Both sides filed affidavits in support of the issues on summary judgment.
The trial court filed a memorandum denying the motion for summary judgment, which we think was correct.
The case then proceeded to trial. The Judge's relatives testified orally as to the circumstances surrounding the changes in the insurance policies and in the will. The court submitted the case to the jury, charging the jury:
"In order that the issue may be simplified for your consideration the Court with counsel for both sides has formulated a question which you are to answer, and that will be the verdict in the case, and the question which you should consider is as follows:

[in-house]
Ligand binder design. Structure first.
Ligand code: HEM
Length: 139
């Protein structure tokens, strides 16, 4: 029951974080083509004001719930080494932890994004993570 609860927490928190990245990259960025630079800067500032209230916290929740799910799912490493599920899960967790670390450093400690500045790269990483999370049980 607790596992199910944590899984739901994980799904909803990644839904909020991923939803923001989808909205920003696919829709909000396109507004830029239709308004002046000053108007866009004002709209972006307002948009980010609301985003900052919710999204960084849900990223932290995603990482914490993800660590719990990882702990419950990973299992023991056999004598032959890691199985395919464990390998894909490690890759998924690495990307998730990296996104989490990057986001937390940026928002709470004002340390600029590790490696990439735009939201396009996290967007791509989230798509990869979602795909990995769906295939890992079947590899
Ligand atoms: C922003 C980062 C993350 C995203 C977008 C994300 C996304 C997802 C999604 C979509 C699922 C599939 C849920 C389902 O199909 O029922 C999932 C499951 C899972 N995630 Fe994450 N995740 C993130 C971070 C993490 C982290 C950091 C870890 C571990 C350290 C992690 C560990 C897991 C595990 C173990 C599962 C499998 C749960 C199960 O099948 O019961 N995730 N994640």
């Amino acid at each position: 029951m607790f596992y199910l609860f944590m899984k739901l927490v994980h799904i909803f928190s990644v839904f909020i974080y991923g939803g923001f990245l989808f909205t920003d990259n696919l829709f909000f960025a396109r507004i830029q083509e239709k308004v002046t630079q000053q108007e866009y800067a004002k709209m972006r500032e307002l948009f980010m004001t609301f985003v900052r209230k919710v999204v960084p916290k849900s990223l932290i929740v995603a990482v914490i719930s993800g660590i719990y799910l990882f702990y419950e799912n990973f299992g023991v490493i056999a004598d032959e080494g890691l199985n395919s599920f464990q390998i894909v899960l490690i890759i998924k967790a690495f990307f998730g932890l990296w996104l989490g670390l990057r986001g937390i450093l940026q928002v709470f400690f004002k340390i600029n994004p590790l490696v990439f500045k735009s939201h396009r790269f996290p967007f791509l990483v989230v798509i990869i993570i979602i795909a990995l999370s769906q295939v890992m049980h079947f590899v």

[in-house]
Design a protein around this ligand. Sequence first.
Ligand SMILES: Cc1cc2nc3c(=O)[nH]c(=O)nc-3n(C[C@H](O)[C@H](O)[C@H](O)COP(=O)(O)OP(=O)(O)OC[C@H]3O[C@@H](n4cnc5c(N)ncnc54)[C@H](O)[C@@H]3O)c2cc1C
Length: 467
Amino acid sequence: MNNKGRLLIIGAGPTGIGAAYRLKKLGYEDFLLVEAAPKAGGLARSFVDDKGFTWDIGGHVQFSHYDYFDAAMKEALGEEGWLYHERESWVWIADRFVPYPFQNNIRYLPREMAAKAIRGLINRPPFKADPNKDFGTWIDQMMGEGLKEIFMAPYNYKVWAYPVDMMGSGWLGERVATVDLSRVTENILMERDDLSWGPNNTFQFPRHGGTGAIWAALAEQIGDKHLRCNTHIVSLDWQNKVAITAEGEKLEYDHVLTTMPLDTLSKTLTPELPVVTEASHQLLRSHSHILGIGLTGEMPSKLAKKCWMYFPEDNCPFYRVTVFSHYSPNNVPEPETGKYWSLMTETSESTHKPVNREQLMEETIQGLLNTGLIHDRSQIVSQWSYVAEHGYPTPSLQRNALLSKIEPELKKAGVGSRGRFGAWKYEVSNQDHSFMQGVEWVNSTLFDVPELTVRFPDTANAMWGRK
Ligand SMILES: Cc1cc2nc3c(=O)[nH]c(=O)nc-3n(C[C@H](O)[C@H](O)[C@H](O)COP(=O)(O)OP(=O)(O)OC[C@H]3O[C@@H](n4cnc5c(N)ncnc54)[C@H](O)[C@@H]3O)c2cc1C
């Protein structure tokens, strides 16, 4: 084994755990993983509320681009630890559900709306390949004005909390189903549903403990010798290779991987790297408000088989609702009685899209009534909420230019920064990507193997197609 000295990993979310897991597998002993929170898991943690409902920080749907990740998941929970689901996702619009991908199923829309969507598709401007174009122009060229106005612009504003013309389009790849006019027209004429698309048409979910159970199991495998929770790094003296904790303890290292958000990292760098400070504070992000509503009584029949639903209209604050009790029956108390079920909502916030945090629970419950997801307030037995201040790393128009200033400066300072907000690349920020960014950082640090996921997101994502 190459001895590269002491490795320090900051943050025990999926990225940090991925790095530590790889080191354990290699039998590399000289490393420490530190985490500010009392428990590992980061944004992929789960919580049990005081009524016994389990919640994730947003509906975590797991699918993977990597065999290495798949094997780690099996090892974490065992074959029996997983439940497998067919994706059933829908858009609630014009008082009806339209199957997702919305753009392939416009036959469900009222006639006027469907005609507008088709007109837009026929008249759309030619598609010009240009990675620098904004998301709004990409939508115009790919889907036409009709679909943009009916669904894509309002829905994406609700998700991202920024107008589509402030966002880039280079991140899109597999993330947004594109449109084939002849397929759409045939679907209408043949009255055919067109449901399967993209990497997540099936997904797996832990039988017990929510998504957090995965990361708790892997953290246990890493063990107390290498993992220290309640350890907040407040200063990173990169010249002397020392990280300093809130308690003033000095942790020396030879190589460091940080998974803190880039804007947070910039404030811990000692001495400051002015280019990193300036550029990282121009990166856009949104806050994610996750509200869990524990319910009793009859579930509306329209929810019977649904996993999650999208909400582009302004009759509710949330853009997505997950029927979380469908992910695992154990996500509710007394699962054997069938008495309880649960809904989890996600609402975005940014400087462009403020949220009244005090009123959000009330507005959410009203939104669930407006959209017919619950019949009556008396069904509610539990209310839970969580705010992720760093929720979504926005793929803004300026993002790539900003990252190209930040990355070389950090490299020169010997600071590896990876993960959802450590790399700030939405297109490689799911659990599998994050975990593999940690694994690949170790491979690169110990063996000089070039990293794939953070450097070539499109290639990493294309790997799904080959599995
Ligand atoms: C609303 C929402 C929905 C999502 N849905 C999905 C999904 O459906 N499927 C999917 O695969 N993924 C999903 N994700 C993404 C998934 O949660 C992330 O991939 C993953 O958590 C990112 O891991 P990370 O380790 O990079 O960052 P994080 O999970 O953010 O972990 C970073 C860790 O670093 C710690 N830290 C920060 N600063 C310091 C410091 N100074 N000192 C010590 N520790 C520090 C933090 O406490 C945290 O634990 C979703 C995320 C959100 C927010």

"Under the complaint of the plaintiffs and the evidence in the case are the plaintiffs entitled to the sum of $5,000 of the proceeds of the life insurance policy in question or are they not? * * *
"There is an issue concerning the intention of this decident * * *.
"It is important for you to determine that Surrogate Nye intended when that memorandum, that typewritten memorandum which is not initialed or signed by him, was read to him, as stated by the plaintiffs' witnesses, and when they, the witnesses, not Judge Nye, gave that memorandum to Cate with the policy. * * *
"Just what was in Surrogate Nye's mind? Did he mean that by that typewritten uninitialed and unsigned paper he then and there changed the beneficiary clause in his existing policy or did he contemplate that there was something else to be done before that change in his own mind would become effective? That is the critical question in the case for you to decide."
The plaintiffs excepted to the issue of intention of Judge Nye being left to the jury as one of fact.